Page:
Five big decisions for Edmonton city councillors in 2016
Uber, Rossdale and finding a new city manager are just some of the things city council will have to look into in 2016.
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Edmonton city councillors will have a lot on their collective plate in 2016. Here’s a look at some of the big decisions they will have to make this year.
First on council’s agenda and biggest for the taxi industry is finalizing the city’s new rideshare bylaw. Uber has been a contentious issue since it first launched in December 2014 and council gave two readings to a bylaw this past Novermber, but asked for more work before giving it the final sign off.
Coun. Dave Loken said he wants to better understand the impact to the existing taxi industry before he green lights a new bylaw.
“I was very frustrated with the lack of information, the lack of research so I hope they have that for us,” he said.
Coun. Michael Oshry said his fellow councillors have been striving for a perfect solution, but he doesn’t believe they will find one right off the bat.
“We have to make the best decision that we can, knowing we can always tweak it later,” he said.
He said the debate has consumed a lot of council’s time and it’s time to move ahead.
“There is an appetite to get this one done.”
With construction on the southern portion of the Valley LRT line set to get underway council will have to decide where the system will go next at some point this year.
The federal Liberals promised large investments in public transit that could help the city continue building LRT. The Valley Line’s western extension from downtown out to West Edmonton Mall and Lewis Estate is generally considered next on the city’s priority list, but the city could also extend the Metro Line into northwest Edmonton.
Coun. Dave Loken said he hopes the city can do both projects.
“I would like to see the northwest line come up to speed and perhaps we could begin work on both of them at the same time,” he said.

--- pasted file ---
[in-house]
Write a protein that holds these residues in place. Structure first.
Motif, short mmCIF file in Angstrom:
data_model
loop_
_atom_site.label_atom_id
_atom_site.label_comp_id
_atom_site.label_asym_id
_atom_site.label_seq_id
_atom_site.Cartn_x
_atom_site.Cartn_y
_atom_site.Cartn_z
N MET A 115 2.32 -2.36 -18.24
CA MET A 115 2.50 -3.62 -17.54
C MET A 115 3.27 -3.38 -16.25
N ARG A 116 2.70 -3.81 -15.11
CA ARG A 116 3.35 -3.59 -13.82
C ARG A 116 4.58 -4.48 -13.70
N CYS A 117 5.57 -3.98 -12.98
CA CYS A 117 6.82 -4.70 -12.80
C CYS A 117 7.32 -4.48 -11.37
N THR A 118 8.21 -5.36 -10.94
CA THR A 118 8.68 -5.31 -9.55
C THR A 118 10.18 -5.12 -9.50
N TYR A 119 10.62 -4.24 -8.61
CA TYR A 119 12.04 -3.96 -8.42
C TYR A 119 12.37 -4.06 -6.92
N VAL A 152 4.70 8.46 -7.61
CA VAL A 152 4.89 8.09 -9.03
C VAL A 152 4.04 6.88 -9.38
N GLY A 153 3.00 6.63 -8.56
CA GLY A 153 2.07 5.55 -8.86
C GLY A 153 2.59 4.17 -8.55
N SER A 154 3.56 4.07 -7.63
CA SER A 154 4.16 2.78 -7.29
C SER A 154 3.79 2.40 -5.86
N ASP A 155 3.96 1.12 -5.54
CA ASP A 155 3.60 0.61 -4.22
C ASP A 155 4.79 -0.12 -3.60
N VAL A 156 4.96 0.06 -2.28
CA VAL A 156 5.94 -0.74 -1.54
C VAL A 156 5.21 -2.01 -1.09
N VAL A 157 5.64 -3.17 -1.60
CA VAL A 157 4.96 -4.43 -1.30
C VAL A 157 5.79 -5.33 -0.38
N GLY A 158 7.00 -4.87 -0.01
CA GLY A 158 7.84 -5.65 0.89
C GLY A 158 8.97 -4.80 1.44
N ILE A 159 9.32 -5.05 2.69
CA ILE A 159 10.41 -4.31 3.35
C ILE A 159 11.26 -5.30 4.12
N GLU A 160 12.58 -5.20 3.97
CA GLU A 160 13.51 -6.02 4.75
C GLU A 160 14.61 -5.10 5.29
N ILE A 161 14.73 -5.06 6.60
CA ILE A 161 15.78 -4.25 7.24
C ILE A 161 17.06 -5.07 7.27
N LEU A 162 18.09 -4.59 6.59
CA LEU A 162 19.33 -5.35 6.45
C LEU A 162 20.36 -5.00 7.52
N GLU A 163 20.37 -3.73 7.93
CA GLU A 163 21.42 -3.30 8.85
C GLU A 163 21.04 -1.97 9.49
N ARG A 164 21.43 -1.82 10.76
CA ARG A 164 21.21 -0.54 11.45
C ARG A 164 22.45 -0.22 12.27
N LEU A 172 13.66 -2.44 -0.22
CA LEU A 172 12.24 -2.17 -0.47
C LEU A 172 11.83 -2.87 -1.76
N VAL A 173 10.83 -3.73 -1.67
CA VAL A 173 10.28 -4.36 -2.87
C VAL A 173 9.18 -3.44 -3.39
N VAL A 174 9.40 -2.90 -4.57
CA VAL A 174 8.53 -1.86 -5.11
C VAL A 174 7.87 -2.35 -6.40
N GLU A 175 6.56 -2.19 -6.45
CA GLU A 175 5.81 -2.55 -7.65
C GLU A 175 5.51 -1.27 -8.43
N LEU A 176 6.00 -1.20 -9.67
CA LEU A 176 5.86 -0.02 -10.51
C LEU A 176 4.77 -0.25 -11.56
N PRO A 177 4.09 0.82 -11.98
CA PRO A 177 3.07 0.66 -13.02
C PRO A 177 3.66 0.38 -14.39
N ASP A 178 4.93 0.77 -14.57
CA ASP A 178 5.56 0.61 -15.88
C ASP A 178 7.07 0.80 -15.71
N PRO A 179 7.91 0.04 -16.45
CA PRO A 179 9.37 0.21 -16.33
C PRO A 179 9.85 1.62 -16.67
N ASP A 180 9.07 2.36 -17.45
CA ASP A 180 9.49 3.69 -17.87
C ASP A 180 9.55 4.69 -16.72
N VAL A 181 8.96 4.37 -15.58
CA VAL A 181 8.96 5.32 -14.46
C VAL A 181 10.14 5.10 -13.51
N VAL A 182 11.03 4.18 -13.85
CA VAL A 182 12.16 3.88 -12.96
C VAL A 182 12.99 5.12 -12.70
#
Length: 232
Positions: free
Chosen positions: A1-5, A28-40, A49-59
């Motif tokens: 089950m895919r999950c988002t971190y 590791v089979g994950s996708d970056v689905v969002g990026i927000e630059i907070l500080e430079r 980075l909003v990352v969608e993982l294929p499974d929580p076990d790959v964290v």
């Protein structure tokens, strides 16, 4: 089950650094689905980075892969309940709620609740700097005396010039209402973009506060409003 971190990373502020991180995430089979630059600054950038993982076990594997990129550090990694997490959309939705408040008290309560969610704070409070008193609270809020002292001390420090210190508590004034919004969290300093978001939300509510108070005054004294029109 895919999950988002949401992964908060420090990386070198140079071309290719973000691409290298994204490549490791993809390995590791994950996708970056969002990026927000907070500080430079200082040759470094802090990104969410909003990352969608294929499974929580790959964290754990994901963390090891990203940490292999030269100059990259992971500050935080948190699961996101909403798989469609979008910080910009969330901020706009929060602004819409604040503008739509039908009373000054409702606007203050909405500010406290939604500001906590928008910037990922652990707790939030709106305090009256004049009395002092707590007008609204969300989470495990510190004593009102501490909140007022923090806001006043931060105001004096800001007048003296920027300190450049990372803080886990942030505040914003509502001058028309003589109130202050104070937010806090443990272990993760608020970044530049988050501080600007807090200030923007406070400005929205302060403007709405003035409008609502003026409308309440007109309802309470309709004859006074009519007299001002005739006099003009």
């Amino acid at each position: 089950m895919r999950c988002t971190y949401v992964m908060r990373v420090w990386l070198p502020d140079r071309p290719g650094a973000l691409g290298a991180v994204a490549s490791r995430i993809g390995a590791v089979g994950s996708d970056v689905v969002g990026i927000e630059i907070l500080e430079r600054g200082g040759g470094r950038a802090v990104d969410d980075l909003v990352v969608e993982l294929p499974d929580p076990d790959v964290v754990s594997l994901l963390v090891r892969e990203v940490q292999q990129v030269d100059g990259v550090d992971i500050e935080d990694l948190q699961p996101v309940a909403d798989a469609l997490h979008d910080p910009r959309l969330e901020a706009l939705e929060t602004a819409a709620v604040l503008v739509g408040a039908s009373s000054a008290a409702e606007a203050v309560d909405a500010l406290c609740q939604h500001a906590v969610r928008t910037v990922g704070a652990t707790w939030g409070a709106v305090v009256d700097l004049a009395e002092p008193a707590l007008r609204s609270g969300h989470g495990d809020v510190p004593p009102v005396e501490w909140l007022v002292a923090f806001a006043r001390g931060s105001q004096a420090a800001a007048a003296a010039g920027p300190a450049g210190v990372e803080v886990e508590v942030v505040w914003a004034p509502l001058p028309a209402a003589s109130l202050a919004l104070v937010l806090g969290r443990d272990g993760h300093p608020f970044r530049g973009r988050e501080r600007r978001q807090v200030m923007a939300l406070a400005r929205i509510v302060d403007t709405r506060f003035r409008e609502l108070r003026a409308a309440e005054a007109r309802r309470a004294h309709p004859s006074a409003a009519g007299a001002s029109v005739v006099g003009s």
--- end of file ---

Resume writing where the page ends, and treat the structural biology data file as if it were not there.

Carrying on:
Loken said he believes the Metro line extension makes a lot of sense, because it would service NAIT and the new Blatchford development as well many neighbourhoods with good transit use.
He said the line should also be fairly straightforward to build.
“It’s basically just a straight line.”
Along with deciding what the city does next, council has to decide on who will oversee the work.
Former city manager Simon Farbrother was let go in September and the city has started the work of replacing him with a head-hunting firm that has already placed advertisements.
Oshry said Edmonton has changed since the last time it hired a city manager and he believes a lot of people will be interested in running a big city.
“I’m confident that with the people who are likely to be applying for the role we are going to be getting a good candidate,” he said.
He said the role has to be different than it was the last time, but council is coming together on what they want.
“I think council is in a good spot that the majority have the same type of person in mind.”
The long-simmering debate about what to do with the city’s lands in Rossdale will likely come to a head in 2016 as well.
The land around the power plant and the Walterdale bridge has been the canvas for a number of ideas that have included a mixed-use neighbourhood and a canal.
The city has also mulled whether Telus Field should come down and how to best respect the Aboriginal culture of the area.
Loken said with a downtown transformation underway and the Blatchford development starting Rossdale is next.
“The next big visionary project is what we do with Rossdale,” he said. “I hope by the end of the year we will have an idea of what we will be doing down there.”
Oshry said there a lot of moving parts to the project, but council has to commit to a plan.
“At some point you have to take a little bit of a risk and make a decision,” he said.
Edmonton won’t be immune to the economic challenges hitting Alberta and while council has already passed it’s budget for the year ahead it may have to make some difficult choices.
Oshry said city governments are sheltered somewhat from economic downturns, but it will impact Edmonton in ways and he believes there could be a rough patch ahead.
“I think there is still a bit of a need to really appreciate the effects the downturn is going to have on the city.”